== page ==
Long Running Azure Mobile Service Call With Feedback using SignalR

I’ve been thinking a little more about alternative mechanisms for sending feedback to the client applications when a long running mobile service call is executing. In my previous post on Long Running Custom API Calls in Azure Mobile Service I discussed returning immediately to the client application whilst continuing to process a long running task. Unfortunately this means there is no way to provide feedback. In this post I’m going to add in SignalR to provide that real time communications link.




I’ll define a class that in herits from Hub and exposes a Services property – this will be populated automatically by the Mobile Service.

public class LongRunningFeedbackHub : Hub
    public ApiServices Services { get; set; }

Next I’ll amend the Get service method to a) take a parameter (which is the connection id of signalr on the client) and b) provide feedback during the long running task via the hub object. Note the use of the dynamic Progress method which will correlate to the client side proxy method that it subscribes to.

public async Task<string> Get(string id)
    var host = new ReportHost();
    host.DoWork(async (cancel) =>
            var hub = Services.GetRealtime<LongRunningFeedbackHub>();

            var max = 5;
            for (int i = 0; i < max; i++)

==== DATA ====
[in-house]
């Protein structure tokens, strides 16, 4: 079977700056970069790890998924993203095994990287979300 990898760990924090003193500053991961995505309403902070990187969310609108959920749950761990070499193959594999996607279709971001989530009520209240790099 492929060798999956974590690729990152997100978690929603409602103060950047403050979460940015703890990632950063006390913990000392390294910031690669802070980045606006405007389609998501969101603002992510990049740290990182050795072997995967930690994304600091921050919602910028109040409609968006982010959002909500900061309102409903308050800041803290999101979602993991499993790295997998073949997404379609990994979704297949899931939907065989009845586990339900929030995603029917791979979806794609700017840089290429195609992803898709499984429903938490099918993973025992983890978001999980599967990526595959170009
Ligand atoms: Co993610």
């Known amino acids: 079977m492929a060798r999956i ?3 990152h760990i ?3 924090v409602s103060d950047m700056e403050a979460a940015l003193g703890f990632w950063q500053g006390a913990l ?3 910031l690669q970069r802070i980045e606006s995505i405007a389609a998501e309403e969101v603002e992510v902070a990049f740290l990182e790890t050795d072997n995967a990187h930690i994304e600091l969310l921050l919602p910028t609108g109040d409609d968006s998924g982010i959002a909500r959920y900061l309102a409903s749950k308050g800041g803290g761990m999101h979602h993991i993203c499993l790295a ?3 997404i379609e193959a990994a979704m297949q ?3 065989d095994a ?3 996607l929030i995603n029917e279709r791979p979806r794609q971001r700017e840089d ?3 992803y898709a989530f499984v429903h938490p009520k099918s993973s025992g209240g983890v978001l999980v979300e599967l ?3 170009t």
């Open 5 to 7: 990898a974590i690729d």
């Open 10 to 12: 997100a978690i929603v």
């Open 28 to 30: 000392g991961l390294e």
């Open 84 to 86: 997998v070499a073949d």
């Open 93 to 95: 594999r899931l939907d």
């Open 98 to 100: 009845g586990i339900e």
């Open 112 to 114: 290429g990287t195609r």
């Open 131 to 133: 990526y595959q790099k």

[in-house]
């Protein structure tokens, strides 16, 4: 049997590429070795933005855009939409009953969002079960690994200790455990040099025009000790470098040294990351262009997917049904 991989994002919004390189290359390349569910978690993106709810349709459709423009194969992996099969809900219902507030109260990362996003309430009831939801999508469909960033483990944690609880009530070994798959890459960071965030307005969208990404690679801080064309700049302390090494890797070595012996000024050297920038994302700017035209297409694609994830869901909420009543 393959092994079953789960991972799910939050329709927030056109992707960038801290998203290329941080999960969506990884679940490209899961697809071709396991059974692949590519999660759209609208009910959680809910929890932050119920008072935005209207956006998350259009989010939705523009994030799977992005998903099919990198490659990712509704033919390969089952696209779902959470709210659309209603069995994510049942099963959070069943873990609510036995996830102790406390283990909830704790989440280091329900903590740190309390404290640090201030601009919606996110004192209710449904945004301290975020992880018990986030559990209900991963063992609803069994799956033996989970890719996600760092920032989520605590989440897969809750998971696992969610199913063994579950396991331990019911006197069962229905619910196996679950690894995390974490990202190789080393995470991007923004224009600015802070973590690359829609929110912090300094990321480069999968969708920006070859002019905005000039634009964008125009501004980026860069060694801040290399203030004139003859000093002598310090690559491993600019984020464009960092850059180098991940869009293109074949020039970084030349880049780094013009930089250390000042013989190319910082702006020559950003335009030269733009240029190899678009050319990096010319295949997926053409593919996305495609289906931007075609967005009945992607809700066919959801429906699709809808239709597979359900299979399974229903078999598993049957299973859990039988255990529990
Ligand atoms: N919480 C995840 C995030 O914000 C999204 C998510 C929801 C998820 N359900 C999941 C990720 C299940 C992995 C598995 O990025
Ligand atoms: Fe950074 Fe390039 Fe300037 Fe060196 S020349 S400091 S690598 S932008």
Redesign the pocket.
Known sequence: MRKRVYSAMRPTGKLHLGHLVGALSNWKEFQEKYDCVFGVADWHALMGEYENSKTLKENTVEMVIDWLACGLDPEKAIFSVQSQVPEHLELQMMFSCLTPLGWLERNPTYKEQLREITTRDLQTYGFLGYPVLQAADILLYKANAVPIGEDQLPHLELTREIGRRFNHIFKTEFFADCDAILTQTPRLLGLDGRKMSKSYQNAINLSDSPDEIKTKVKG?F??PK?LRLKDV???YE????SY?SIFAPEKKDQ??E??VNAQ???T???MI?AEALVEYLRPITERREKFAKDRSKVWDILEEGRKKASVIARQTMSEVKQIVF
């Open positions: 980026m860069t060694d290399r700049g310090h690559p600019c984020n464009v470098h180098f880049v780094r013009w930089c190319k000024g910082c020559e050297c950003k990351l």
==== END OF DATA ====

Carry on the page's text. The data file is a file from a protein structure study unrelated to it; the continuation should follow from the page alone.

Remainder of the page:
await Task.Delay(TimeSpan.FromSeconds(5), cancel);

                    .Progress(string.Format(“{0}% complete”,100*i/5));
        catch (Exception ex)
            // Don’t bubble the exception – do something sensible here!
    Services.Log.Info(“Hello from custom controller!”);
    return “Hello”;

I added the initialization logic for the SignalR to the Register method of the WebApiConfig.cs file, as well as providing an explicit route to support the id parameter

    name: “DefaultApi”,
    routeTemplate: “api/{controller}/{action}/{id}”,
    defaults: new { action = RouteParameter.Optional, id = RouteParameter.Optional }


On the client side I add the SignalR .NET Client library from NuGet


And then add a ConnectToSignalR method to establish the hub connection and return a connectionId, which will then be passed into the view model via the GenerateReport method.

private async void GenerateReportClick(object sender, RoutedEventArgs e)
    var connectionId=await  ConnectToSignalR();

private async Task<string> ConnectToSignalR()
    var hubConnection = new HubConnection(MainViewModel.MobileService.ApplicationUri.AbsoluteUri);
    //if (user != null)
    //    hubConnection.Headers[“x-zumo-auth”] = user.MobileServiceAuthenticationToken;
    hubConnection.Headers[“x-zumo-application”] = MainViewModel.MobileService.ApplicationKey;
    IHubProxy proxy = hubConnection.CreateHubProxy(“LongRunningFeedbackHub”);
    await hubConnection.Start();

    //string result = await proxy.Invoke<string>(“Send”, “Hello World!”);
    //var invokeDialog = new MessageDialog(result);
    //await invokeDialog.ShowAsync();

        msg => Debug.WriteLine(msg));

    return hubConnection.ConnectionId;

The only change to the GenerateReport method is for it to accept an id parameter and for this parameter to be passed into the custom api

var result = await MobileService.InvokeApiAsync<string>(“Reporter”, HttpMethod.Get, new Dictionary<string, string>{{“id”,connectionId}});

When this is run and the GenerateReport method is invoked, the current percentage complete is passed back to the client and appears in the handler for the Progress message.

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